For the sauce, melt the butter in a small saucepan (I find non-stick works best, but you would need a silicone whisk or you will wreck your pan) and then add the flour. and whisk in until well combined and smooth.

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Whisk until you have a smooth roux.

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Cook over a very gentle heat for a minute or so. Start adding the milk a little at the time, whisking vigorously between additions – it might look slightly lumpy at first, but keep the faith – just add a little more milk and whisk again.

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When you first add the milk, the mix may look a little like stiff mashed potato – this is normal and it will smooth out as you add more milk, a little at a time

Keep adding more milk until you have the right consistency – you want it to be fairly thick but easily pourable.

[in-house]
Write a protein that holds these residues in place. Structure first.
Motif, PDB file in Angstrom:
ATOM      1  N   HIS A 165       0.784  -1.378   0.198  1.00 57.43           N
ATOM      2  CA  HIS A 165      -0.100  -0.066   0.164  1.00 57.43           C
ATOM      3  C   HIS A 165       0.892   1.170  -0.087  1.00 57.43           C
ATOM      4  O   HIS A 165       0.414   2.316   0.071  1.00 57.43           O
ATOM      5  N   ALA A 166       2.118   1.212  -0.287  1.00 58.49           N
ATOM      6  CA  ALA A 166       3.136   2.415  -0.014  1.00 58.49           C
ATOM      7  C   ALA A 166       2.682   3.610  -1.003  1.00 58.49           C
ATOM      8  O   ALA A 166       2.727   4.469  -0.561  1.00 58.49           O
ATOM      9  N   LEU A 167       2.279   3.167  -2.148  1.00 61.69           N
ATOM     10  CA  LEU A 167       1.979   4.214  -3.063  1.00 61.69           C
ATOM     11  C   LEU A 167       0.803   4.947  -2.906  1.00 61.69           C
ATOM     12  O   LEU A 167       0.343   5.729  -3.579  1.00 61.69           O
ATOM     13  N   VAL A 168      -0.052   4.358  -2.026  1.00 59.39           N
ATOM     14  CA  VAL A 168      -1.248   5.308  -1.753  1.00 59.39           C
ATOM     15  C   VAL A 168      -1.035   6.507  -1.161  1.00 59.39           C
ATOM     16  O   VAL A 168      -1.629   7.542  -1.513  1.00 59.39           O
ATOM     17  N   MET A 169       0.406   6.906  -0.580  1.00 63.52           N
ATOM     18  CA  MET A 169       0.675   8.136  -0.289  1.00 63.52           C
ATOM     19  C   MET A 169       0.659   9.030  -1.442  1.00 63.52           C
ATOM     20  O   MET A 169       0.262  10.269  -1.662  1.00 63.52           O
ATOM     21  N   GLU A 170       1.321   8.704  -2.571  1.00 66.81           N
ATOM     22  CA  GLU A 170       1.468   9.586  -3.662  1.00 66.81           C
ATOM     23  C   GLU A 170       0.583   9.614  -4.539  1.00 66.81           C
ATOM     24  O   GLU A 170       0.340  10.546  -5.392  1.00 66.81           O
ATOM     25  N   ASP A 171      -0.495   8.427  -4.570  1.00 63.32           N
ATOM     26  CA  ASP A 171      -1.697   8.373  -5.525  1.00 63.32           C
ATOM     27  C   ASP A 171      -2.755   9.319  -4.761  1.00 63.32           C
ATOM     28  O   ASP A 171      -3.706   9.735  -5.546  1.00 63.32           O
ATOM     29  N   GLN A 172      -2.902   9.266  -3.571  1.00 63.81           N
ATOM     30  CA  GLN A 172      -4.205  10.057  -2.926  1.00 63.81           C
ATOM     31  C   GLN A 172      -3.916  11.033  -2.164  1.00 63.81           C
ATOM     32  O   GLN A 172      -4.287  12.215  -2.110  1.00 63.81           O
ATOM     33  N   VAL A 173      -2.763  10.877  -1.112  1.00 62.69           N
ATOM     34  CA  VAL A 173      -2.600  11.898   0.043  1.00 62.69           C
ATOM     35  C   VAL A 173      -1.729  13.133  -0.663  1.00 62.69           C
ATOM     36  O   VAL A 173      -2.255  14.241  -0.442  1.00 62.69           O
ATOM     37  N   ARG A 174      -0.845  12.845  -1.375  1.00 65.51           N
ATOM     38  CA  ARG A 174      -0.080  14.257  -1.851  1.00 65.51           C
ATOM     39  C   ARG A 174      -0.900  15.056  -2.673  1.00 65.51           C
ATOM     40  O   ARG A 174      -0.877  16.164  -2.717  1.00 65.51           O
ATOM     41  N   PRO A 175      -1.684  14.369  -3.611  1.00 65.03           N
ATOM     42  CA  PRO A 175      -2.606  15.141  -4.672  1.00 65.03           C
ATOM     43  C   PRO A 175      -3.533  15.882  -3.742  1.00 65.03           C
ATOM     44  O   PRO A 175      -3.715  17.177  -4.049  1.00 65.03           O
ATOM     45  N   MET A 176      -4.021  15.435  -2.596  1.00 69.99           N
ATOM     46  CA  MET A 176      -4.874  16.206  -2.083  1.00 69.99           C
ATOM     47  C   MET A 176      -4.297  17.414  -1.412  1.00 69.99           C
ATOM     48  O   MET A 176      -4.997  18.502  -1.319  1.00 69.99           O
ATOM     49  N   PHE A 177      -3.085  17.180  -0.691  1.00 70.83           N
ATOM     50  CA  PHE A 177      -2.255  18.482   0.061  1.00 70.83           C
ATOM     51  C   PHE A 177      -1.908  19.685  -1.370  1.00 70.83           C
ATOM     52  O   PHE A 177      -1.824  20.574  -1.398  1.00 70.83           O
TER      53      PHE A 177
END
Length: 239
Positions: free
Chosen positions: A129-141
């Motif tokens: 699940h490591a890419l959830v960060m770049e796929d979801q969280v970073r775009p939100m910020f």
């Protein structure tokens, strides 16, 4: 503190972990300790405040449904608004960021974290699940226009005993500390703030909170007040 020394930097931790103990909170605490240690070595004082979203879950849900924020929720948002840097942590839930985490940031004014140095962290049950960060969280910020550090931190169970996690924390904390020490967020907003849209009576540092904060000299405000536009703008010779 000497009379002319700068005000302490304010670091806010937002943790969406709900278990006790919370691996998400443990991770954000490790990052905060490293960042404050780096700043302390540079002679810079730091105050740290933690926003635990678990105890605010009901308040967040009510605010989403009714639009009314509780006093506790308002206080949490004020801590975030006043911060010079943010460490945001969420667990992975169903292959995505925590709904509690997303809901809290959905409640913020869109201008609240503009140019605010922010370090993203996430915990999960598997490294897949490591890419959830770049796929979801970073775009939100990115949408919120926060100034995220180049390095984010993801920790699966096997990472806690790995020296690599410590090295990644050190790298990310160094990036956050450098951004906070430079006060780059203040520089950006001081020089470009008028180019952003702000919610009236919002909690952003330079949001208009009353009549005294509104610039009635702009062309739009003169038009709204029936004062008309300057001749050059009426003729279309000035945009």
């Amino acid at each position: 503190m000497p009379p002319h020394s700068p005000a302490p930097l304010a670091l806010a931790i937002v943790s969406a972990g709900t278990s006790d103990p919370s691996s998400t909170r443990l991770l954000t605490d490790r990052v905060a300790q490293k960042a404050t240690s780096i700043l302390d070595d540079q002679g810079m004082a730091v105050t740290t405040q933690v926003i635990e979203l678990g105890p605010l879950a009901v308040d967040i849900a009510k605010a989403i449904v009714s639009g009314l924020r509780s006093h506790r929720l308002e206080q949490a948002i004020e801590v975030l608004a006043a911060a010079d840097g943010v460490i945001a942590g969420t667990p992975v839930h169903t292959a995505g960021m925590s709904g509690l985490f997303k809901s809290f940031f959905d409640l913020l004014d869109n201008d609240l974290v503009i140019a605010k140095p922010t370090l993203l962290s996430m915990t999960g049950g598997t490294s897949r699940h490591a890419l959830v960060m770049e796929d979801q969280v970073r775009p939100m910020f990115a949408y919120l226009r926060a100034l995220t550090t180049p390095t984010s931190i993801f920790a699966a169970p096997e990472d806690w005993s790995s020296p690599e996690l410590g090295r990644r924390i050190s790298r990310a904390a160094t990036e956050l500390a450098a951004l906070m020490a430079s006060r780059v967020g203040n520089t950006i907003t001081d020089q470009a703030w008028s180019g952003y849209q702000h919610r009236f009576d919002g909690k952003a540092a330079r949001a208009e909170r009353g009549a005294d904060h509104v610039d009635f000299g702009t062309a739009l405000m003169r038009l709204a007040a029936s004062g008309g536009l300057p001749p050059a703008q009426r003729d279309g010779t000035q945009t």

Don’t forget it won’t thicken completely until it reaches boiling point, so if you need to add more milk at the end, that is fine. Once you have the right consistency, let it cook for a few minutes, stirring occasionally, over a very gentle heat – this ensures you don’t get left with any horrid raw flour flavour.

Add plenty of salt and pepper, the mustard and a generous pinch of nutmeg and stir until smooth – then add the cheese and stir until it has melted into the sauce and you have a smooth consistency.

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Put the veggies into an oven-proof dish and pour over the sauce. You can sprinkle some extra grated cheese over the top if you wish. if the dish is very full, stand it on a sheet of foil on a baking tray in case of spillages.

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Bake for about 20 minutes until the top is bubbling and golden brown. The sauce will be very hot, so it’s a good idea to let the dish stand for a minute or two before serving if you prefer the roof of your mouth to stay intact!